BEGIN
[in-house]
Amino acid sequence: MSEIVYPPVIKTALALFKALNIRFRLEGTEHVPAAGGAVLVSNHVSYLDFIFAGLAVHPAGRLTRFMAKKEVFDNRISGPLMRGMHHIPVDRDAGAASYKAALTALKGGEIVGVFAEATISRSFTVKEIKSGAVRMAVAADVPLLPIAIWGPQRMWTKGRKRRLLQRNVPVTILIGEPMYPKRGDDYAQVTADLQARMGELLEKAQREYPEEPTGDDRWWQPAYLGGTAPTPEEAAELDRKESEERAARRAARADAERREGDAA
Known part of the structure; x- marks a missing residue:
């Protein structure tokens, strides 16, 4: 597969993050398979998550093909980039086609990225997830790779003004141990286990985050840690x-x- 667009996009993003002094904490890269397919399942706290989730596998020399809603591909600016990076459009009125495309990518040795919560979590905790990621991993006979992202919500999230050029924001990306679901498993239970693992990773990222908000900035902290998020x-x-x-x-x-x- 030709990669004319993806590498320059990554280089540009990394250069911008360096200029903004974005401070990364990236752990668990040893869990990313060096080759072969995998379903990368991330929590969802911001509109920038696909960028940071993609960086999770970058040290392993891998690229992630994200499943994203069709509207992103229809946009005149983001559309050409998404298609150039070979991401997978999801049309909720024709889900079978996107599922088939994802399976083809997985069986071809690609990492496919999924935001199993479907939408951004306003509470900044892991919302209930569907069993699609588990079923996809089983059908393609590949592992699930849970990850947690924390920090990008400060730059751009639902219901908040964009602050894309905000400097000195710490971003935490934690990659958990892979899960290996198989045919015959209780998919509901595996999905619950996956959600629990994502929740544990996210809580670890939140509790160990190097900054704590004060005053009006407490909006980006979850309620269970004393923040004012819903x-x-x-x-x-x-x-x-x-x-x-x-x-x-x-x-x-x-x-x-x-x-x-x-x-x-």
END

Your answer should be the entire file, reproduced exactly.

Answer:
[in-house]
Amino acid sequence: MSEIVYPPVIKTALALFKALNIRFRLEGTEHVPAAGGAVLVSNHVSYLDFIFAGLAVHPAGRLTRFMAKKEVFDNRISGPLMRGMHHIPVDRDAGAASYKAALTALKGGEIVGVFAEATISRSFTVKEIKSGAVRMAVAADVPLLPIAIWGPQRMWTKGRKRRLLQRNVPVTILIGEPMYPKRGDDYAQVTADLQARMGELLEKAQREYPEEPTGDDRWWQPAYLGGTAPTPEEAAELDRKESEERAARRAARADAERREGDAA
Known part of the structure; x- marks a missing residue:
């Protein structure tokens, strides 16, 4: 597969993050398979998550093909980039086609990225997830790779003004141990286990985050840690x-x- 667009996009993003002094904490890269397919399942706290989730596998020399809603591909600016990076459009009125495309990518040795919560979590905790990621991993006979992202919500999230050029924001990306679901498993239970693992990773990222908000900035902290998020x-x-x-x-x-x- 030709990669004319993806590498320059990554280089540009990394250069911008360096200029903004974005401070990364990236752990668990040893869990990313060096080759072969995998379903990368991330929590969802911001509109920038696909960028940071993609960086999770970058040290392993891998690229992630994200499943994203069709509207992103229809946009005149983001559309050409998404298609150039070979991401997978999801049309909720024709889900079978996107599922088939994802399976083809997985069986071809690609990492496919999924935001199993479907939408951004306003509470900044892991919302209930569907069993699609588990079923996809089983059908393609590949592992699930849970990850947690924390920090990008400060730059751009639902219901908040964009602050894309905000400097000195710490971003935490934690990659958990892979899960290996198989045919015959209780998919509901595996999905619950996956959600629990994502929740544990996210809580670890939140509790160990190097900054704590004060005053009006407490909006980006979850309620269970004393923040004012819903x-x-x-x-x-x-x-x-x-x-x-x-x-x-x-x-x-x-x-x-x-x-x-x-x-x-």